Students get trained on various methods of Playback Theatre and perform for an audience / storytellers.
Theatre-in-Education is a process that uses interactive theatre/drama practices to help aid the educational process.
The ground-breaking Theatre-in-Education (TiE) movement was first pioneered by the Belgrade Theatre in 1965, as a way to use theatre and drama to create a range of learning opportunities for young people. They delivered a free TiE service to schools across Coventry between 1965 and 1996. The Theatre-in Education movement soon spread to theatres across the UK. Then to broader settings across the globe. Inspiring a wide range of interactive theatre with children and young people. Encouraging and empowering them to investigate challenging situations for themselves.
Theatre speaks in a language that children understand and relish: movement, mime, dance, poetry, song, costumes, and make-up. It is vital and dynamic, transacted by doing tasks and having experiences, felt experiences that engage children physically, cognitively and emotionally.
Theatre-in-Education is a hybrid with its roots in theatre and in education. It is utilized as a learning method in the curriculum or for exploring aspects of human experience and relationships. The success of TIE lies in the flexible and open arrangement of theatrical and educational elements. The communication and feedback between actors and spectators is established. Discussions, where all the actors, teachers and spect-actors participate are important moments of these events, because here they have the opportunity to share their feelings, impressions, opinions.
Features of TIE :
Through Theatre-in-Education, educators can break from the silent and dominating approach and see education as taking place through heart, mind, body and extension of the imagination.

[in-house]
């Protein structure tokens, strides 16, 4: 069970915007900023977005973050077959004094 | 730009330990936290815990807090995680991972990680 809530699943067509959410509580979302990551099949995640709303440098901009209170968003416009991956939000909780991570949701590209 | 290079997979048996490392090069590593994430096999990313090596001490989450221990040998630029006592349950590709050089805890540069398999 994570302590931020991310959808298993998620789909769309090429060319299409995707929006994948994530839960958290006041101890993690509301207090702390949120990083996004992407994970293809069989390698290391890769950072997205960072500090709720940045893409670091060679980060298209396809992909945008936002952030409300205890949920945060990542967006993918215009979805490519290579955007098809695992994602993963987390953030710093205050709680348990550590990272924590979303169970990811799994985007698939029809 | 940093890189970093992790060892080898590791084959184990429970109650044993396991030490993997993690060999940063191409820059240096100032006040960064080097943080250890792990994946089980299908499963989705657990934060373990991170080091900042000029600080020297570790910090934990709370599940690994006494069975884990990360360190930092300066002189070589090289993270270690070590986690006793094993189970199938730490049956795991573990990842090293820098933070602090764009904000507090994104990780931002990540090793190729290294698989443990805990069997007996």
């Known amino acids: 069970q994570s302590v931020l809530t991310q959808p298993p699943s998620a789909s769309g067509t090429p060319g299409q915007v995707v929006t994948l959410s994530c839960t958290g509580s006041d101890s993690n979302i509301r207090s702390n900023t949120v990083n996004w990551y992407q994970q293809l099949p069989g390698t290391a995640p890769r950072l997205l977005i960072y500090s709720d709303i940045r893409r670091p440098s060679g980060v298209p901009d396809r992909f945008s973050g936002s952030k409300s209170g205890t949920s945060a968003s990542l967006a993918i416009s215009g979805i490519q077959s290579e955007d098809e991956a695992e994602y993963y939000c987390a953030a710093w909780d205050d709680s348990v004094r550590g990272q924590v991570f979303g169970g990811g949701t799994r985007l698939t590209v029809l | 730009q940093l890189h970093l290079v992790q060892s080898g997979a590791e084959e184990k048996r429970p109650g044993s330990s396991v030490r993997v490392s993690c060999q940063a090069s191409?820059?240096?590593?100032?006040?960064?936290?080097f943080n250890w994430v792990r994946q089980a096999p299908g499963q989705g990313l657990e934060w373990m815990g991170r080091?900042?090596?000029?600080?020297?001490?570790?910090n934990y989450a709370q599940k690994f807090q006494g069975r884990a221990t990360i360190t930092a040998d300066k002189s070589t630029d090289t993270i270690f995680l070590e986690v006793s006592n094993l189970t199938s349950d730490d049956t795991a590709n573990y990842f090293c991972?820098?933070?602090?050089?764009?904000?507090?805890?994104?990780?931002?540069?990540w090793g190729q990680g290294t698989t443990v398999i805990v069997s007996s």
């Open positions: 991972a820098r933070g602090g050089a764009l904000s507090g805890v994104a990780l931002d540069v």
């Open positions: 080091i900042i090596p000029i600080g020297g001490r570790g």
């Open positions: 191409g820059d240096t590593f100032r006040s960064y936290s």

Through Theatre-in-Education we can teach children various aspects of their curriculum. For example, episodes from History, Science, Hindi, English and subjects of current concerns which are not part of the school’s official curriculum, such as; peer pressure, gender discrimination and complexities of their life.
Theatre-in-Education works for specific objectives emphasizing on the devising of existing material for children and their participation. The participation of the children is a major aspect of the whole process.
Theatre-in-Education works with the existing material of children’s life. This process helps them to deal or solve those issues and situations
Applied Drama in Classrooms - Teacher Training Sessions
The Applied Theatre based session for the Facilitators of Kotak Education Foundation was created to develop storytelling skills and interactive mode of communication. Facilitating a space for deeper listening to the stories of success /celebrations from the parents that the facilitators listen to, establish a deeper empathic dialogue defined as “dialectic” that can be observed in the relationship between the parents, students and the facilitators.